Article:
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How I Traveled On A Budget (And What I'd Recommend)

Posted by Lindsay Hall on 3/24/23 8:30 AM

ILP Adventure

Traveling on a budget to your dream destinations is totally possible with these tips! 

It's easy to spend thousands and thousands on a vacation but it's not mandatory.  I had to pay for college, a car and all that comes with it and still found money to take a few trips because I knew the tricks and tips to traveling on a budget! 

I didn't stay in 5 star hotels and I didn't fly first class, but I've seen world wonders, hiked waterfalls, toured European cities, and seen some of the world's most beautiful beaches — and more (most of which as a volunteer with ILP). 

You'll need to skip out on the absurdly luxurious side of traveling, but if you make some changes to the way you travel, you'll be able to see what you want to see and still stick to your budget.

Wondering how you can travel for free? 
Volunteer with ILP once, and go back on multiple trips for free 

We've pulled together the best tips from our volunteers to help you make this happen. Most ILP volunteers are in your same shoes — college aged, and wanting to travel without spending a fortune — and have plenty of advice to share!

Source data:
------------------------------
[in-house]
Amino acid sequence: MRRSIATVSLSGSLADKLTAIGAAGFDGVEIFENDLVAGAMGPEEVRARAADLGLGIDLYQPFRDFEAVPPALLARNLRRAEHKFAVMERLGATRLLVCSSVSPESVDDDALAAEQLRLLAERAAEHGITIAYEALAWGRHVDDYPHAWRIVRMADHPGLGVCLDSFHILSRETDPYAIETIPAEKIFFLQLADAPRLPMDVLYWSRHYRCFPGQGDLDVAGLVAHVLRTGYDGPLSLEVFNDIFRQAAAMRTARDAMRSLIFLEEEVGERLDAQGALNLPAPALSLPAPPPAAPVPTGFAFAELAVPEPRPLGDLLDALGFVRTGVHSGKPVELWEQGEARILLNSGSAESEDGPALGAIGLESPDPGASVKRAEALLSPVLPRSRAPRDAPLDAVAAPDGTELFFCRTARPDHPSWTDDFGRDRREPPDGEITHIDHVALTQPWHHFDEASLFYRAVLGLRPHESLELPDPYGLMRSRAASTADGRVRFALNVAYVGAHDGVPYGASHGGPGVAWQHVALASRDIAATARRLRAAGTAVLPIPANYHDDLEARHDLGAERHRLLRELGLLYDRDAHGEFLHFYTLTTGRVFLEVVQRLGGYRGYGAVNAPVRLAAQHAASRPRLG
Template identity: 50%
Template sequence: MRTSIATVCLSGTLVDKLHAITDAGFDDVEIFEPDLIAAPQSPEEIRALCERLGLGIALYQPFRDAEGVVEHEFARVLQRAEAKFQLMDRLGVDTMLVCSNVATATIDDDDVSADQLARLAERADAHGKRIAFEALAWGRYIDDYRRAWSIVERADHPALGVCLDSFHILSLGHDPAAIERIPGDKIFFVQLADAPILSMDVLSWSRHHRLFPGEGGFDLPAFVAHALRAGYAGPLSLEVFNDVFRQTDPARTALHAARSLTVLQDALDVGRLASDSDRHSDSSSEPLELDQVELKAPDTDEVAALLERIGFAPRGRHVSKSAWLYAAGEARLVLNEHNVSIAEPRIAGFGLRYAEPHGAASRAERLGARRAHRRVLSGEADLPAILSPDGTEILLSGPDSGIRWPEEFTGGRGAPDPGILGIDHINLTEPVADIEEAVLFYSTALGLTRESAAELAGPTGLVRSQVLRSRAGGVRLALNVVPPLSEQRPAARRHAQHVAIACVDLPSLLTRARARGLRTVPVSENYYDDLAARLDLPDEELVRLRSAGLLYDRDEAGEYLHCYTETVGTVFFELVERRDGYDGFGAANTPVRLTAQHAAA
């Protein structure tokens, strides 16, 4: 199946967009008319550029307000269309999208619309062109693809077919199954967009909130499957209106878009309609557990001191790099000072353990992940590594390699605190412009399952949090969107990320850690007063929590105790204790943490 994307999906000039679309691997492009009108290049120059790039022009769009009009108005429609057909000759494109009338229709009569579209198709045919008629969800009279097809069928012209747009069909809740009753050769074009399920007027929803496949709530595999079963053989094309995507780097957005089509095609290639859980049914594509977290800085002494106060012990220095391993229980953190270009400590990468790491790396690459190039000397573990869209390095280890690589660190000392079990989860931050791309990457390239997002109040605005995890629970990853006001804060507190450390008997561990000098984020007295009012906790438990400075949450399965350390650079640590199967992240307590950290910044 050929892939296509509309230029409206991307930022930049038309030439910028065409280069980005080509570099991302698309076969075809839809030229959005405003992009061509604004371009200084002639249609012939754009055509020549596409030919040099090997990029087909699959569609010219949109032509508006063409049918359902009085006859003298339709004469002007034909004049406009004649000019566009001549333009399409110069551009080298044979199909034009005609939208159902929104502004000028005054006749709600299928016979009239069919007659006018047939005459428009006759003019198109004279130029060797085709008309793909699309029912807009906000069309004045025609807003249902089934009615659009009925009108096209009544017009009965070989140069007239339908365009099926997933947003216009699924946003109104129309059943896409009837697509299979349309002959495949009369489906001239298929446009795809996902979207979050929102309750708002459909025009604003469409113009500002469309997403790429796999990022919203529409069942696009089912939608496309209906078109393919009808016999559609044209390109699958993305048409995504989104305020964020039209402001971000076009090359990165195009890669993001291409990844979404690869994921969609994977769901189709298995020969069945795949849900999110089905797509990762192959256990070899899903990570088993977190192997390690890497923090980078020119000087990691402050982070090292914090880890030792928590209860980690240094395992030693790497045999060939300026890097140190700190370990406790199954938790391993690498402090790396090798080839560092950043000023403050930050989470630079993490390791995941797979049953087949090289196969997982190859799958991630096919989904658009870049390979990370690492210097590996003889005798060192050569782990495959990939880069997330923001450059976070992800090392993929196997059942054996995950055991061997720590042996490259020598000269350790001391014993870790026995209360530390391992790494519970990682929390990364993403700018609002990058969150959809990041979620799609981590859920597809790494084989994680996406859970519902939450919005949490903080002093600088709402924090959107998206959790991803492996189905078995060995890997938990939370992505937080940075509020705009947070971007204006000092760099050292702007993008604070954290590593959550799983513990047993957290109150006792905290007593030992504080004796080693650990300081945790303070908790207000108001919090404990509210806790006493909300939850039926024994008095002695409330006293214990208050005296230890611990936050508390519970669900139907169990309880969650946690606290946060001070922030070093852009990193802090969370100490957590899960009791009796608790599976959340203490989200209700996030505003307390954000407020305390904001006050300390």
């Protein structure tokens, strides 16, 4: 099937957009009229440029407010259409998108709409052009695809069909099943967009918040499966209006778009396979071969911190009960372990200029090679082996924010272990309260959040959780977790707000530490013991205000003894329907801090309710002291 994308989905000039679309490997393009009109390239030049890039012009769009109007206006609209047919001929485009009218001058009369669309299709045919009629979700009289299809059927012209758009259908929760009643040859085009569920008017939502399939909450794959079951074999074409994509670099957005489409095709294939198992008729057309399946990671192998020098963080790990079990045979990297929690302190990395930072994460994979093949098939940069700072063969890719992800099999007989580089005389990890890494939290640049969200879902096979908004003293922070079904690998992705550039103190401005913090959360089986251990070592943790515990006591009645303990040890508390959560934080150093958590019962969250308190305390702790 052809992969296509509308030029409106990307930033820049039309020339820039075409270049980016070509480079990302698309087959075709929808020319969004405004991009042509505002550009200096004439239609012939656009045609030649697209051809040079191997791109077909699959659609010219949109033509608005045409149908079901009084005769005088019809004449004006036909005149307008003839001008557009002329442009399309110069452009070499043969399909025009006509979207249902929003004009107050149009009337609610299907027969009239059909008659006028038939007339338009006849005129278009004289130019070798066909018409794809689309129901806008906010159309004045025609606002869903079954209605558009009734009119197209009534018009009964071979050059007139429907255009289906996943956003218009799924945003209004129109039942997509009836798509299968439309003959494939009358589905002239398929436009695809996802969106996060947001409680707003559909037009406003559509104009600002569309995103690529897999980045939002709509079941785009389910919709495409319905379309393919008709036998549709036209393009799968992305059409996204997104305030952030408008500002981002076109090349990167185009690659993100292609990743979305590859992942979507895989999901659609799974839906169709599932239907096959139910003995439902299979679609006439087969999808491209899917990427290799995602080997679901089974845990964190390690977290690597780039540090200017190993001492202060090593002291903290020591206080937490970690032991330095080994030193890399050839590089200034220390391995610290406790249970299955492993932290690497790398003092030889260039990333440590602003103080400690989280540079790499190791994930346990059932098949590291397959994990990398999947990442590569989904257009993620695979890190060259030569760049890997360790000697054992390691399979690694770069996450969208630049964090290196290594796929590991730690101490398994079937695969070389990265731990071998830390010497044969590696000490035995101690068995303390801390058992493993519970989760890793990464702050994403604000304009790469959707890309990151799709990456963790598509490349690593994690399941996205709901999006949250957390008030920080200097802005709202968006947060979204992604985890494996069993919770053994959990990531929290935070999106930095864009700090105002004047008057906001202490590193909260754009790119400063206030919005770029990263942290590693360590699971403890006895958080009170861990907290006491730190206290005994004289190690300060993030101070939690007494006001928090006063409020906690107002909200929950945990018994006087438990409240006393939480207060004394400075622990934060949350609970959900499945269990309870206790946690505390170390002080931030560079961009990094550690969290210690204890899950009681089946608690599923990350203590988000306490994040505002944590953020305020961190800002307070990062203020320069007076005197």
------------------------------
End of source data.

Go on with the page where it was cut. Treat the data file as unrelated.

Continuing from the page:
My Tips For Traveling On A Budget 


Picking Your Countries

If you have a tight budget, you won't be able to pick just any country and plan a trip there. Some countries and cities are just more expensive than others (think about it  —  a weekend in NYC is going to be pricier than a weekend in Salt Lake City, right?)

Choosing countries where you'll find affordable food, accommodations and 
transportation are going to be your best bet.

If you're looking for affordable countries, our top picks are often found in Asia and in Central America.

Countries like Thailand, Cambodia, and Vietnam mean spending a few dollars on dinner, and $12 (or less!) for a room for the night. But not all of Asia is that affordable — if you really want your budget to take you further, avoid places like Singapore and Japan. 

Some countries in Central America also made our list of cheap places to travel to. We love Mexico and Nicaragua for bus rides for a few dollars to new adventures, and pretty beaches where surf lessons are $10, instead of $150 at a fancy resort (seriously). Similar to Asia, you're looking at spending a few dollars for dinner and a place to stay.

Even the Dominican Republic is a good pick! Although you're in one of the most popular vacation destinations in the world for travelers, there are so many ways to experience this island on a budget.

Your ILP Destination 

I was definitely price conscious when I was choosing a program to go abroad. Once I found ILP, I also did some serious research to find the best country for me (and one that would fit my budget). This blog post about ILP countries that are best if you're on a budget really came in handy! 

That post goes into the different program types as well as the costs associated with some popular activities in countries ... some countries have a higher program fee, but the day-to-day things (snacks, activities, entry tickets, bus rides, etc.) are just a few dollars, making it a very affordable option.